Harvard Perspectives on Prostate Disease

Choosing - and sticking with - active surveillance: A patient's story

Choosing — and sticking with — active surveillance: A patient's story

In 1997, Jeffrey Caruso's physician recommended prostate-specific antigen (PSA) screening as part of Caruso's annual checkup. Then a 57-year-old businessman and avid bicyclist, Caruso* hadn't had any prostate problems, but he agreed that regular PSA screening was probably wise for someone his age. The result — 3.9 ng/ml — raised some concern because it fell at the upper end of what was considered the normal PSA range: 0 to 4.0 ng/ml.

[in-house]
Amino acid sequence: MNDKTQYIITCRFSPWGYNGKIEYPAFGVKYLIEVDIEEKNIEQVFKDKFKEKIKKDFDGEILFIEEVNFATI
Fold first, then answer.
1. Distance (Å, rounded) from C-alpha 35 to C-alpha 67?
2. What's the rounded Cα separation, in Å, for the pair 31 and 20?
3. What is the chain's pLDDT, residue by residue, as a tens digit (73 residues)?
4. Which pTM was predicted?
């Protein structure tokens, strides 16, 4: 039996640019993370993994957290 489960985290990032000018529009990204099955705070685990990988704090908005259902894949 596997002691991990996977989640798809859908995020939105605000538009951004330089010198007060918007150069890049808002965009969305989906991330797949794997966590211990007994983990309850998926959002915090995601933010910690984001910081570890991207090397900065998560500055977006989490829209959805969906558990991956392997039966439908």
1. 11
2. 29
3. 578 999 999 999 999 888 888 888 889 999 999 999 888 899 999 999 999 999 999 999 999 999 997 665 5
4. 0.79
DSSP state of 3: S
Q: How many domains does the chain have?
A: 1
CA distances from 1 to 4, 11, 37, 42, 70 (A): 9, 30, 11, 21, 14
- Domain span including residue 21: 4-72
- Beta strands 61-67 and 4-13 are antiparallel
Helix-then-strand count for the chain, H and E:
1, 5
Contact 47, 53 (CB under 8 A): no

*Editor's note: To protect his privacy, the patient's name and some biographical details have been changed. All medical details are as reported. In keeping with editorial policy, the patient's physicians are not named.

To continue reading this article, you must login.
  • Research health conditions
  • Check your symptoms
  • Prepare for a doctor's visit or test
  • Find the best treatments and procedures for you
  • Explore options for better nutrition and exercise
Learn more about the many benefits and features of joining Harvard Health Online »